Turbulence In The Travel Industry
Coronacation gone wrong
As expected, the travel industry has significantly suffered as a result of the COVID-19 breakout. The ripple effects that followed the enforcement of travel restrictions has catastrophically impacted various businesses and economies. In today's post, we will be diving into the impacts the decrease in global travel has had on specific businesses.
Airlines have taken the biggest hit in 2020. People are wary of traveling via airplanes. The limited air supply in the aircraft raises concerns for how easy the virus is able to spread in the confined spaces. The U.S. airline demand plunged more than 95% this year alone. Many of these companies are relying on federal subsidies to continue operation, but with the lack of demand, these airlines are struggling to stay afloat. “American Airlines warned employees on Tuesday that it would cut up to 19,000 workers on Oct. 1, saying that there was little sign that the pandemic-induced reluctance to travel was diminishing.” Additionally, numerous airline companies have declared bankruptcy; for example, Virgin Australia, Flybe, and Compass airlines have filed for bankruptcy.
Many economies are dependent on tourism for cash flow and the inability to attract potential clients has shocked many countries.
Local Businesses and Economies
Countries like Costa Rica and Mexico are heavily reliant on tourism for their economy to function. The IMF estimates “losses in tourism proceeds exceeding 3 percent of GDP” in these countries. Nations whose economies were >50% reliant on tourism bore the brunt of the global recession this year. As the world closed up in the name of public health, the primary drivers of these nation’s local economies have dissipated. In turn, this led to tremendous financial troubles in these nations, inevitably pushing them to either reopen early or bypass full border closures altogether.
Have you seen the peddlers wandering around the town, seeking business from tourists? These people have no one to offer their services to. These small businesses weren’t even prepared for a recession, let alone a global pandemic.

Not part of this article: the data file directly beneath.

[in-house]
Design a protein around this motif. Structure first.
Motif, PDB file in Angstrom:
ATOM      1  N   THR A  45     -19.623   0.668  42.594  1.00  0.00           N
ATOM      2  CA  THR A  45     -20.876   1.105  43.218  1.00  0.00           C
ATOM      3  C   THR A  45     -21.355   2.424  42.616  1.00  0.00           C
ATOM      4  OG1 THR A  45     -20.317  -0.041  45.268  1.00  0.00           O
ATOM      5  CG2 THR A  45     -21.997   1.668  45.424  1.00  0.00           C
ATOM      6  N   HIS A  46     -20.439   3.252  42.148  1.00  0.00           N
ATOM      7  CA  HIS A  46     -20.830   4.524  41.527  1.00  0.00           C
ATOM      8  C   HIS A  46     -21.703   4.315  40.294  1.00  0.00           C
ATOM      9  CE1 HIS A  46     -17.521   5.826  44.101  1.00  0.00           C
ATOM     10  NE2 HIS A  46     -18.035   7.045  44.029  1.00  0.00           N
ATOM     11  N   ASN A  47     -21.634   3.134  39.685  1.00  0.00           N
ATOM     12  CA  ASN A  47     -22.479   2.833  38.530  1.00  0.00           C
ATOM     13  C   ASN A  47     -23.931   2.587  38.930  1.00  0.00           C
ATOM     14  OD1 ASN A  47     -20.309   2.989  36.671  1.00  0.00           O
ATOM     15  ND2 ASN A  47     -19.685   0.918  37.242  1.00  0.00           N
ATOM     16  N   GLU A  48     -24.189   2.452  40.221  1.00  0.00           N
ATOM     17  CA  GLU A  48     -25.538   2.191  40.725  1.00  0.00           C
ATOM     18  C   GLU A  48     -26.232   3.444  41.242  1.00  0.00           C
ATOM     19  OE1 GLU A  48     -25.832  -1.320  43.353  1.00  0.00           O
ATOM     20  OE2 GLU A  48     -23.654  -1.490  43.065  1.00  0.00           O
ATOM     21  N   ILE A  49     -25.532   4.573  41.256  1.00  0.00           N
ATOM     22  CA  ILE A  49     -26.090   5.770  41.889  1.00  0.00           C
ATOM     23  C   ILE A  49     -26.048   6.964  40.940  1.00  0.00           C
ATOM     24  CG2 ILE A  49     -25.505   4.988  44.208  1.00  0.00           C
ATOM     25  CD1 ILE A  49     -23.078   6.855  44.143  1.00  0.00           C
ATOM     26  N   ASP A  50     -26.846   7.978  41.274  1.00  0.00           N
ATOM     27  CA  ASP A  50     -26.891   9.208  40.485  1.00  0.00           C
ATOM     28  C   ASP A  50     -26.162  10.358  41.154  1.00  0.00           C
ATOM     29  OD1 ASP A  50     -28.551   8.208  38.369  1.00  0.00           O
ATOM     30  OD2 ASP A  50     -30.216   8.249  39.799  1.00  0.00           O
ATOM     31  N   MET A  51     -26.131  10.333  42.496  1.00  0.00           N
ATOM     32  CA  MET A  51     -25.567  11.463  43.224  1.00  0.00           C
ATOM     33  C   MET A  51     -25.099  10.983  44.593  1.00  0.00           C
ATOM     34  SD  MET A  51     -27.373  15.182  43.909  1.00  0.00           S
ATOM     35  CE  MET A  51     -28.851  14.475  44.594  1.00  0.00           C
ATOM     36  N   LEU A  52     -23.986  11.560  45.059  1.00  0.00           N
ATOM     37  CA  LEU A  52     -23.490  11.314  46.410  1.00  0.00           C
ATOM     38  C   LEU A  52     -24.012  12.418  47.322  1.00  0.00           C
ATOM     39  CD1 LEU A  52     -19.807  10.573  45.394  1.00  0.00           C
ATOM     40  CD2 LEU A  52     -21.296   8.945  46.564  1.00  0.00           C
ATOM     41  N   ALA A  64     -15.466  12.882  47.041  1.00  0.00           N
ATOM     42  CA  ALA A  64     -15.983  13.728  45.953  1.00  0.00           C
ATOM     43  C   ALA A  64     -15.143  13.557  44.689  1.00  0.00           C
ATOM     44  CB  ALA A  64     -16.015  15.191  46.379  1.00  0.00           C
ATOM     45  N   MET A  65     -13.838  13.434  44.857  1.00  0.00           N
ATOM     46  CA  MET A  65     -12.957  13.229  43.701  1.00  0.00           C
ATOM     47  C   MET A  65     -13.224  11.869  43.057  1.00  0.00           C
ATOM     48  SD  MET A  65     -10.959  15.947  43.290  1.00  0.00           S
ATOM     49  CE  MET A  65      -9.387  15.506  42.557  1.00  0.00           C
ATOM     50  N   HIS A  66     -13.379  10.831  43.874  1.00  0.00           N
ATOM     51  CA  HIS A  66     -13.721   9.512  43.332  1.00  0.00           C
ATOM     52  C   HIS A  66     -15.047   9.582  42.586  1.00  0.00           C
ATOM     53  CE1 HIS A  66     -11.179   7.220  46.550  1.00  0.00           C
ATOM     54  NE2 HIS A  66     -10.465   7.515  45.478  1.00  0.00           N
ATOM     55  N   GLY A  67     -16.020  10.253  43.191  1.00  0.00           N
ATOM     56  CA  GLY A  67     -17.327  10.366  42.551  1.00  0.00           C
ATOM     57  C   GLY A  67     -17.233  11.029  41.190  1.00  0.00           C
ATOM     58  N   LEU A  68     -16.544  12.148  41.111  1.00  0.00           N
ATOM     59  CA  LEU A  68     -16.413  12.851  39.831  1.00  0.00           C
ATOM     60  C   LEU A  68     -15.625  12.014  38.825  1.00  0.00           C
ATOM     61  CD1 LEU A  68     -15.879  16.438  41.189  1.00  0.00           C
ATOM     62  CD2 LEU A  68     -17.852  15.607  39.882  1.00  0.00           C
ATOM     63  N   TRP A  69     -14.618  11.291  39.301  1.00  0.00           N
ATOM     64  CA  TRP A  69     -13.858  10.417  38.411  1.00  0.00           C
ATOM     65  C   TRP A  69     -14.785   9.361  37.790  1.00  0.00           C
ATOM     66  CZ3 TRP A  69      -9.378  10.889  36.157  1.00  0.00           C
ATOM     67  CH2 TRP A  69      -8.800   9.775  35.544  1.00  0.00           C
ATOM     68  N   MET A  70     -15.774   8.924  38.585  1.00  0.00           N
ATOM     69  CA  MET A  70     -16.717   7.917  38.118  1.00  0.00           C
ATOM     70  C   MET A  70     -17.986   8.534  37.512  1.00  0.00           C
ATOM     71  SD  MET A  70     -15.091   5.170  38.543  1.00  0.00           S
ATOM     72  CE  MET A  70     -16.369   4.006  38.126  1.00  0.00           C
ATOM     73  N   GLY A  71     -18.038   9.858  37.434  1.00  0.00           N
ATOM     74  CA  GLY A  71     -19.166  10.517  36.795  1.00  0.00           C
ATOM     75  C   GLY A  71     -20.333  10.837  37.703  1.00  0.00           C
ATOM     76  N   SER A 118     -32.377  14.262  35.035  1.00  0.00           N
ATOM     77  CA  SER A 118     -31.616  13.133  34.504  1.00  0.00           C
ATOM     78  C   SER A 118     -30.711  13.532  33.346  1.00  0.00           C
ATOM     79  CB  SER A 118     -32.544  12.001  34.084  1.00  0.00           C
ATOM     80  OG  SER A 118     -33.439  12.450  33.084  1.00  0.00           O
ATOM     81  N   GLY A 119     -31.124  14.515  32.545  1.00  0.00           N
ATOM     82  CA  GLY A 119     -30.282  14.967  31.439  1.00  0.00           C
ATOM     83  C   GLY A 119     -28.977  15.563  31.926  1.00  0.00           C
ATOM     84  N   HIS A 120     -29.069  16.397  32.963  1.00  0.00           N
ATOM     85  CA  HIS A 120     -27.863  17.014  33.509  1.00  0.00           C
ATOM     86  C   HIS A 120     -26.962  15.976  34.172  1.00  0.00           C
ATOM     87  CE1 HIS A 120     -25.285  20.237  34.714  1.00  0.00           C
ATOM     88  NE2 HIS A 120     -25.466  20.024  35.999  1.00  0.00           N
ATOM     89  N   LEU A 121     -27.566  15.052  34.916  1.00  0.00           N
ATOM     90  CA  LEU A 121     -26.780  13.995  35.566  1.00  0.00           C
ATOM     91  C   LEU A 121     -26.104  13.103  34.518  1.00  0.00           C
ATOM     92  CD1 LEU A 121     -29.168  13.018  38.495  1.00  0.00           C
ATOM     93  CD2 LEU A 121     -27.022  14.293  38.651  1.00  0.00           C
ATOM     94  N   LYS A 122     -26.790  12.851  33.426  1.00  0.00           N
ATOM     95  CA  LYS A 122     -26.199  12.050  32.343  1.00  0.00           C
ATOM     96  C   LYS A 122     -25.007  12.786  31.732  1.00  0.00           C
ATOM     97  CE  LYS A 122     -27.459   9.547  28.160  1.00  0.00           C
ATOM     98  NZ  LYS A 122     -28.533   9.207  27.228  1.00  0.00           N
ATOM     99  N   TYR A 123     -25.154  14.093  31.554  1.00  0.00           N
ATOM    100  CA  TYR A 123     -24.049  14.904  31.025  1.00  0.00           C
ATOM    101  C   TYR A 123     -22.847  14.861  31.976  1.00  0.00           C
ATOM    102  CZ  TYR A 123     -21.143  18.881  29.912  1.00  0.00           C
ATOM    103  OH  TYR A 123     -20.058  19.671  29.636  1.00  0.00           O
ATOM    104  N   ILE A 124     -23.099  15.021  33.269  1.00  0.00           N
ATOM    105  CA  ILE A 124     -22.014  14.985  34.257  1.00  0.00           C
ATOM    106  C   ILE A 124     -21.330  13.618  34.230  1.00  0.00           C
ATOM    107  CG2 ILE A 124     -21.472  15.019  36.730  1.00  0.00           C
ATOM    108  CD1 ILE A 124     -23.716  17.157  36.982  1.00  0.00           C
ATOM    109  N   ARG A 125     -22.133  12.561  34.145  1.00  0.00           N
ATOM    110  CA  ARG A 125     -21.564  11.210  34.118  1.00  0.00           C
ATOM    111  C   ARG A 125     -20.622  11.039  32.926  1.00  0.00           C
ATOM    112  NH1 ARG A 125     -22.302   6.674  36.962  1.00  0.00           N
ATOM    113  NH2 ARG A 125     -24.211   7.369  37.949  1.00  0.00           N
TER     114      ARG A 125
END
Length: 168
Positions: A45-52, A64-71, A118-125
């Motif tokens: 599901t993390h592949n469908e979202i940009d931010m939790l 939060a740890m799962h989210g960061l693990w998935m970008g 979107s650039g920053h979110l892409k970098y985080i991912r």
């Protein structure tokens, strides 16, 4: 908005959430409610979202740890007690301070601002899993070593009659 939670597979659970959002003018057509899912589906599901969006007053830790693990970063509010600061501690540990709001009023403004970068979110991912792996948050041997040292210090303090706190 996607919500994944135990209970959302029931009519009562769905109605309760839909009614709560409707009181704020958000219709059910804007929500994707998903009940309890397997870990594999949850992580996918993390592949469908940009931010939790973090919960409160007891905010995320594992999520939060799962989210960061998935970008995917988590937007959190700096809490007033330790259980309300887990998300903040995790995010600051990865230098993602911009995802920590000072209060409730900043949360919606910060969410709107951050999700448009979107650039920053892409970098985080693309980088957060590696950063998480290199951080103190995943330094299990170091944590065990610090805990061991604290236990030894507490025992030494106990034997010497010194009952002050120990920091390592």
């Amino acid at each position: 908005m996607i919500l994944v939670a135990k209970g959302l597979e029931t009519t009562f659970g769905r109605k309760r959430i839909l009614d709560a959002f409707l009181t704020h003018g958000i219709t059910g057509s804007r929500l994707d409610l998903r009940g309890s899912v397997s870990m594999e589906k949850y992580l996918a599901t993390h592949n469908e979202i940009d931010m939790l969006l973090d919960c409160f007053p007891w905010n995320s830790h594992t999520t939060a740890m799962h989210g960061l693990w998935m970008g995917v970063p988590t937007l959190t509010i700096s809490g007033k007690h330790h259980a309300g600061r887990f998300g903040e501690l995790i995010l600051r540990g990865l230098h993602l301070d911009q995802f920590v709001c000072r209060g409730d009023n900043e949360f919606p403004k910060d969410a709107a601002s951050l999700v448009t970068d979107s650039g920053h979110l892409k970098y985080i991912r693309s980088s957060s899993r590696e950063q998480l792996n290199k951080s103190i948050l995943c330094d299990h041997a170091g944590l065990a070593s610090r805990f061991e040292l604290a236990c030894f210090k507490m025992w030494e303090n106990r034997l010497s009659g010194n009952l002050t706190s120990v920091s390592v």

You may be wondering why the car rental sector is taking a hit. Roadtrips are the safest way to get out of the house nowadays and people would be renting cars to go on their adventurous trips. Potential customers are choosing to use their own cars It’s important to recognize the high density of car rental companies herding around major airports, knowing that their customers are car-less tourists. The decrease in travel across the board has effected car rental companies drastically.
Hertz, arguably the most renowned car rental company, filed for bankruptcy protection on May 22nd, 2020. They are currently in the process of selling off 180,000 cars in hopes of liquifying their assets.
As you can imagine hotels have been immensely affected as well. Large hotels have had to incentivize staying at their properties. For example, deals like "stay two nights and the third one is free" is just one of the tactics hotel owners are using.
Airbnb is a unique lodging service that may have benefited from the pandemic. You are able to view and rent properties on their platform. They guarantee a thorough cleaning of the properties they manage. Additionally, since you are renting a house, you are away from the publicly used facilities offered at hotels. Many eager investors are looking forward to Airbnb's
initial public offering later this year. Especially with the current state, it will be interesting to see public financial reports from the rental service.
Clearly, COVID-19 has dramatically changed customer habits when it comes to travelling. Fear of how safe travelling via commercial airlines has affected all the other travel sectors. Is this the new normal? And what does it mean for the future of the Travel industry?